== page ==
Further, for all the attempts to tout demographic gains, in terms of students, faculty and administration, most major college and university campuses are still predominantly White. Thus, students of color often form groups in an attempt to decrease the stark reality of isolation in the halls of academe, which appears to increase fear on the part of the State of Arizona. This attempt to mandate integration by Rep. Pearce is not designed to address issues of isolation, but rather to make Whites on college campuses feel less threatened by outlawing the formation of these groups. His argument seems to be that the state should use its power to compel color blind behavior, as this would serve its interest to create, define and defend White comfort by characterizing the presence of groups organized by students of color as a crisis of declining “American values.”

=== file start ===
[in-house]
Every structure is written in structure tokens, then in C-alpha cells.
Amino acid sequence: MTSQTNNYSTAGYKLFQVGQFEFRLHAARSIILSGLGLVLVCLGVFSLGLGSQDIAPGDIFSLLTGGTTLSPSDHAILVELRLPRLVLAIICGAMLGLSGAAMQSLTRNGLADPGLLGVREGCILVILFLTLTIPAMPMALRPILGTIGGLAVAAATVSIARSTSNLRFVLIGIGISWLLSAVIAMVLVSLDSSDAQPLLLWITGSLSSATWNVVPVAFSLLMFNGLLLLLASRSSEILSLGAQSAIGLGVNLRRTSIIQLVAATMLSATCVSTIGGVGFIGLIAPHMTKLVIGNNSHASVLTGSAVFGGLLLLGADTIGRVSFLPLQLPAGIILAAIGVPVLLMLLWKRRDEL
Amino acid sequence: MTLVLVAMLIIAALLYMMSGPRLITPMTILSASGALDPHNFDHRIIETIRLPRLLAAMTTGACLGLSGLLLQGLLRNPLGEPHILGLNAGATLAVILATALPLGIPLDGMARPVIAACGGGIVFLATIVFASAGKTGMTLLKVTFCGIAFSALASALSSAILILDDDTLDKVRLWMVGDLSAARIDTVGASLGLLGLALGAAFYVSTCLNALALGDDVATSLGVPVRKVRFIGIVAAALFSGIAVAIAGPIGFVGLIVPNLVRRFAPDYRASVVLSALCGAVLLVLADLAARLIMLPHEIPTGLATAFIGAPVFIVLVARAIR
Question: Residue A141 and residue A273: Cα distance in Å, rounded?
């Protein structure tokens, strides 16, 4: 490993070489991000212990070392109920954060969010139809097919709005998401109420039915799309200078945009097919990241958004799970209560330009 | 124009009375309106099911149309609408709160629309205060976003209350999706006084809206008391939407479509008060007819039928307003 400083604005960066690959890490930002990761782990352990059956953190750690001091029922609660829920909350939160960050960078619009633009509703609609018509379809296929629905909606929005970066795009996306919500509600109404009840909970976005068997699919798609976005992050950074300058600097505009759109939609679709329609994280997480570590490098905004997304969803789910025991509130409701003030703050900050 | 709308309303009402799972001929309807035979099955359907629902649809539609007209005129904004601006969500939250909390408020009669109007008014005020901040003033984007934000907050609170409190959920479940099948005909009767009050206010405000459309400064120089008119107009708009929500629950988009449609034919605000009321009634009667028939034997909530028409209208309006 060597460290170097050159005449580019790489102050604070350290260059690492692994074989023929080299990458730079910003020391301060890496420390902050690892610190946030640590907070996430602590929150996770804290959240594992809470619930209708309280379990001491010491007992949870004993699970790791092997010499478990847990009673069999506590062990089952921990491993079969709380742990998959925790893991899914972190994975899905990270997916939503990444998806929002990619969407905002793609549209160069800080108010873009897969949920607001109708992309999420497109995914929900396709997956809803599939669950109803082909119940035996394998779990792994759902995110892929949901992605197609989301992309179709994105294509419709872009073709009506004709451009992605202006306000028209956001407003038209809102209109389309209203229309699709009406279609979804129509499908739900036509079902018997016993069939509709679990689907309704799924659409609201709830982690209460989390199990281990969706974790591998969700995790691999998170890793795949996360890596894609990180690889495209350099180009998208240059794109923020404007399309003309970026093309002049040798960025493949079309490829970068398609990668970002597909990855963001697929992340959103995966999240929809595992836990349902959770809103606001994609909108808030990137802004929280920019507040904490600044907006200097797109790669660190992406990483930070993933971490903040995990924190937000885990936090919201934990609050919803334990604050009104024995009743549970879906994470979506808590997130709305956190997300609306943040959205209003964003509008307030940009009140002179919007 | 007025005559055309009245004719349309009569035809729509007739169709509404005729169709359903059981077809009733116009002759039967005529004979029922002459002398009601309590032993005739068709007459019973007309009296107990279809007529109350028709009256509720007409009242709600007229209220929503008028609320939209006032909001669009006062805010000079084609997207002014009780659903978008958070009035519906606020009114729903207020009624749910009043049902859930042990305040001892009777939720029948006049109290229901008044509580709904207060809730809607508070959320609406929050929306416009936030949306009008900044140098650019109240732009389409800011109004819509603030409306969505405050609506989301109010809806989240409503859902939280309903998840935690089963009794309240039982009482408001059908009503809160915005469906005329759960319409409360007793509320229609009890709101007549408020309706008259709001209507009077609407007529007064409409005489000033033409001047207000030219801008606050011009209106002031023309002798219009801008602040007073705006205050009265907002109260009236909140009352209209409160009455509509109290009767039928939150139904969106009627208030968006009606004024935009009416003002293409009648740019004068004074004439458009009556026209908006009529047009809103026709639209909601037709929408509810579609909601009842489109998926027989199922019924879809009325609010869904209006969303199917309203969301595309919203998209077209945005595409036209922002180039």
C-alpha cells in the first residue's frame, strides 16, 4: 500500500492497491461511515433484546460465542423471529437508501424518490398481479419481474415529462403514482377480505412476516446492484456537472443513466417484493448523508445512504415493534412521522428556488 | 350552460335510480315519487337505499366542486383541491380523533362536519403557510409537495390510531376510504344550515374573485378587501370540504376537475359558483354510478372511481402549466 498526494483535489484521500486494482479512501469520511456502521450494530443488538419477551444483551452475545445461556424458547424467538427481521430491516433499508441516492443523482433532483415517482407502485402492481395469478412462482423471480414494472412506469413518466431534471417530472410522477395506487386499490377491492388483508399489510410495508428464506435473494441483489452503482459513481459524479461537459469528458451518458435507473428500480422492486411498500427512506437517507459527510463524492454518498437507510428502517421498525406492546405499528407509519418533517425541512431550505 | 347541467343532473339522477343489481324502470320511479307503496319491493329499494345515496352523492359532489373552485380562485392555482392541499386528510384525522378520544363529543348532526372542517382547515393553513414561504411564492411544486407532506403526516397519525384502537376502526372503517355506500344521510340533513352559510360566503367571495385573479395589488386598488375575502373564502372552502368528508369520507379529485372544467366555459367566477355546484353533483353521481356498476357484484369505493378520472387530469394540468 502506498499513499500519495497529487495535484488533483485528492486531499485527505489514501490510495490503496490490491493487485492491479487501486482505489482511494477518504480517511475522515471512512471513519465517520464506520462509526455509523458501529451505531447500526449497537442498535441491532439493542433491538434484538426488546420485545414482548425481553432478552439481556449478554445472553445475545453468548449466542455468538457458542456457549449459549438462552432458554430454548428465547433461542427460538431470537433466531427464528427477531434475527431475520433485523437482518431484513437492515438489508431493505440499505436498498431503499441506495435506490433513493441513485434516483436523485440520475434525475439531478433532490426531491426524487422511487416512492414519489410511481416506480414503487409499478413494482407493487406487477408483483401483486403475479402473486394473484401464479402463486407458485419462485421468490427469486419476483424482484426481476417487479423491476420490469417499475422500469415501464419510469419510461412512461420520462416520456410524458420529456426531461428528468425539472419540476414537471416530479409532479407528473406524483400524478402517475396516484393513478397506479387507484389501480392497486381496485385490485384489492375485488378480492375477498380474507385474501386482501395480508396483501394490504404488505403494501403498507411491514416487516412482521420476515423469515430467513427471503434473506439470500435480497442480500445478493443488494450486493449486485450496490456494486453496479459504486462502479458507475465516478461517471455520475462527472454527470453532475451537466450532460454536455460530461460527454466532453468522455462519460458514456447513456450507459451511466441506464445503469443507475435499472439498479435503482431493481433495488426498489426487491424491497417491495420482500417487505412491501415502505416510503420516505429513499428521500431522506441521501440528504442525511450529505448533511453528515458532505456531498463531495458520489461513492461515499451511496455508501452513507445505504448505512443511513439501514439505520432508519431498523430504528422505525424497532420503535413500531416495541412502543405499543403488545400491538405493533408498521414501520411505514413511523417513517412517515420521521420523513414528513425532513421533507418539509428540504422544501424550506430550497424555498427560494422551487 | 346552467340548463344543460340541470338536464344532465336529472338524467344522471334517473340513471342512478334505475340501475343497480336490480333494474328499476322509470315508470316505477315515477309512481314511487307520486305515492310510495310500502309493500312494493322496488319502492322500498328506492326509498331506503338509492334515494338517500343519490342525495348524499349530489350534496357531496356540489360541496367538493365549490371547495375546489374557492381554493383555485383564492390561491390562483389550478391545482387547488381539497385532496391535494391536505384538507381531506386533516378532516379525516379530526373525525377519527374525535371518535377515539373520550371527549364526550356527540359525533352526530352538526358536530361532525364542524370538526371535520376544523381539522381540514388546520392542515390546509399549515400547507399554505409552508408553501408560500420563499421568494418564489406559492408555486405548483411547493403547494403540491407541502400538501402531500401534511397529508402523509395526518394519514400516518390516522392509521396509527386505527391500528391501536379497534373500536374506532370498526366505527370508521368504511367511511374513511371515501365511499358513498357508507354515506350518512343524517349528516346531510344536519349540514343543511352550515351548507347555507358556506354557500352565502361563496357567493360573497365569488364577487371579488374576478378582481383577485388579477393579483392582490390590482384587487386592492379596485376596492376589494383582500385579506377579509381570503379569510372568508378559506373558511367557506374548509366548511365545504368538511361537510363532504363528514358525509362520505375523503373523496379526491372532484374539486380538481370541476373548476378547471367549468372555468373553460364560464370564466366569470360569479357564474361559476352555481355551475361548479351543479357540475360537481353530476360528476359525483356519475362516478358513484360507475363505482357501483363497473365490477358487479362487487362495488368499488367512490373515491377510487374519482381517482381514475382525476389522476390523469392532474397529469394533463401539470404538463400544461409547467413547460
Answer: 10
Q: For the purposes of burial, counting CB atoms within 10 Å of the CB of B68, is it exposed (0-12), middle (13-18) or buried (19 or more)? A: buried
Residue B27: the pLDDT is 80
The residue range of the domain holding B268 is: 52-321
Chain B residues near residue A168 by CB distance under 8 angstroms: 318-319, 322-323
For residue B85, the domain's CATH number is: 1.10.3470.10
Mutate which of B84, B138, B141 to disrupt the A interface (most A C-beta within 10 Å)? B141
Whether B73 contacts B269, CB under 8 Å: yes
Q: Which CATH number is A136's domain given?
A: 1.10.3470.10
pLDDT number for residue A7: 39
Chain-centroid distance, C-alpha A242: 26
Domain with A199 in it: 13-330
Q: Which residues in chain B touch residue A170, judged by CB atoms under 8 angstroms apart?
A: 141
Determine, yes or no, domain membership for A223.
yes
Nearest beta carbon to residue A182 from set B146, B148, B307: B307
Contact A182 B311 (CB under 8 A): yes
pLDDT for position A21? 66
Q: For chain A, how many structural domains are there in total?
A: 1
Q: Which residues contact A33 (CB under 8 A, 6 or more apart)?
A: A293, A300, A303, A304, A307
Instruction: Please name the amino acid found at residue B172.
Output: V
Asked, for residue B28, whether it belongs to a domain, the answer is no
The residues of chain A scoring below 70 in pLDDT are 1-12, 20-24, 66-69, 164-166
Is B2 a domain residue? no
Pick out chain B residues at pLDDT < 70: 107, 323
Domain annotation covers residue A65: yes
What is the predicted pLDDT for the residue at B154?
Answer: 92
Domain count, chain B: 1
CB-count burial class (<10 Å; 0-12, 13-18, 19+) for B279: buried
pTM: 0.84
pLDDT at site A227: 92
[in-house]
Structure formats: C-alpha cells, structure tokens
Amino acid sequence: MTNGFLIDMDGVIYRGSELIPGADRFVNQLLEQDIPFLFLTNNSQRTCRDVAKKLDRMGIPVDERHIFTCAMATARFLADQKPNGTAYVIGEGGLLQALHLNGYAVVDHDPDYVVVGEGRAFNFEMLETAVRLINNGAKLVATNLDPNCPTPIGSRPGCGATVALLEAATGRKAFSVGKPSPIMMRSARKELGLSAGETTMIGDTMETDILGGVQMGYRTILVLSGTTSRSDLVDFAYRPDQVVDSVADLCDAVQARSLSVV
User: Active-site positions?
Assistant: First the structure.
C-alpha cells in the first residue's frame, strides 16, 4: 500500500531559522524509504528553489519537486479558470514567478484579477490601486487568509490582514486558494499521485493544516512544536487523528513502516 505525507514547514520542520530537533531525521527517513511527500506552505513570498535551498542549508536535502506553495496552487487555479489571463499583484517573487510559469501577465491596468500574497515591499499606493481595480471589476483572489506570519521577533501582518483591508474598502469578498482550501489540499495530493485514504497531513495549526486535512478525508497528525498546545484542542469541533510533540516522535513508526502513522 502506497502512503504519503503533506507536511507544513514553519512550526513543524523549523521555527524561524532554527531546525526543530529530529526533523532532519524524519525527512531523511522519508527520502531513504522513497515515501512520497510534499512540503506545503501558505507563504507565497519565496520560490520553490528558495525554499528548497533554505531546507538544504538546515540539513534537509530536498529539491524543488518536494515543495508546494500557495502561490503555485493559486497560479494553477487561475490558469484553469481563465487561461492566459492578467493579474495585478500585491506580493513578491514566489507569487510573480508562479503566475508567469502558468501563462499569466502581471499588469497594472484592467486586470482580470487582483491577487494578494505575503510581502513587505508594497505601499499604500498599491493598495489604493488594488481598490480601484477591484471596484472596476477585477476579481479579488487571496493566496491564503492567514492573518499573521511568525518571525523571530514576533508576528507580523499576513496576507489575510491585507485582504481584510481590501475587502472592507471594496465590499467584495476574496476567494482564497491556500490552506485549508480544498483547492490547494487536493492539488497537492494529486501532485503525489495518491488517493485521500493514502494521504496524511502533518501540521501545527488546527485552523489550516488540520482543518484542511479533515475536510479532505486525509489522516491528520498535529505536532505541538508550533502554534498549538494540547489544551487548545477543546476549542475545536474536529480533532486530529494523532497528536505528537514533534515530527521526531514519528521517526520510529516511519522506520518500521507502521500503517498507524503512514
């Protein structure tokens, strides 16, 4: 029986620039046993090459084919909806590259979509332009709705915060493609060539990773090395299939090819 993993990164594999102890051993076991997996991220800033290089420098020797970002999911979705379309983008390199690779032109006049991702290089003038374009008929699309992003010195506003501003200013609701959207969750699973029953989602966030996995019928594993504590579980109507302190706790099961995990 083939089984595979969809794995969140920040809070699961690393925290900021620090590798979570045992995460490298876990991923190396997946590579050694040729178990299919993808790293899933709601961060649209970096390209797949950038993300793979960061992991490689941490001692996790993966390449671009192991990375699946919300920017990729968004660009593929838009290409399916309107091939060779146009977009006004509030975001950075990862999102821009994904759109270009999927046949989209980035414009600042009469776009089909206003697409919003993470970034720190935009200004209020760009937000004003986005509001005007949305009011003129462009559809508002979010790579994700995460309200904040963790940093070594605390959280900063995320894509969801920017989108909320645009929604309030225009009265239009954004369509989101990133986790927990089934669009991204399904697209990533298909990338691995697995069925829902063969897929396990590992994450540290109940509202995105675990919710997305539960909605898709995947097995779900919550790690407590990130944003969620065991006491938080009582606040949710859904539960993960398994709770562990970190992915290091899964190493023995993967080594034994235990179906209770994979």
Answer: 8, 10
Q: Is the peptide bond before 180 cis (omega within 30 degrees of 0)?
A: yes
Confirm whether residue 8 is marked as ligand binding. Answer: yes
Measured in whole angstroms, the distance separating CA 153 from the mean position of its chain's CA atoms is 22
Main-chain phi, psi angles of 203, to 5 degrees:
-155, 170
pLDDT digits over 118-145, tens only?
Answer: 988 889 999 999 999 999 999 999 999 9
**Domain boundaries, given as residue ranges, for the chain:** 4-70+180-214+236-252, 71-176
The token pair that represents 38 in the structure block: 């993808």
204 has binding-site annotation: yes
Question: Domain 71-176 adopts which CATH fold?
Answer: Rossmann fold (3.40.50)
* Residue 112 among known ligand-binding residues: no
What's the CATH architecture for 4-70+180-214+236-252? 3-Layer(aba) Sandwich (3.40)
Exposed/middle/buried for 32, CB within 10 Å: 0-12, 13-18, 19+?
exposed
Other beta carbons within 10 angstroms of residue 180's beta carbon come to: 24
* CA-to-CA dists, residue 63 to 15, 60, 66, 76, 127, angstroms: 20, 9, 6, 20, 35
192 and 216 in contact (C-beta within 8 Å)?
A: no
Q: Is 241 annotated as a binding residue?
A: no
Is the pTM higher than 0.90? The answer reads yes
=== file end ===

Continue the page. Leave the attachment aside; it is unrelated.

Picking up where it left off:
Finally, Arizona State Rep. John Kavanagh, a member of the Appropriations, Committee, said he hopes the measure helps return cultural studies in the state’s schools to a “melting pot” model. He summarizes the amendment thus:  “This bill basically says, ‘You’re here. Adopt American values.’” Of which American value does he speak? I’ll tell you.  It is the one that built a counter-subversive coalition mobilized around the State’s self-appointed authority to decree what and who is American.

 

Dr. Christopher Metzler is Associate Dean in the Georgetown University School of Continuing Studies.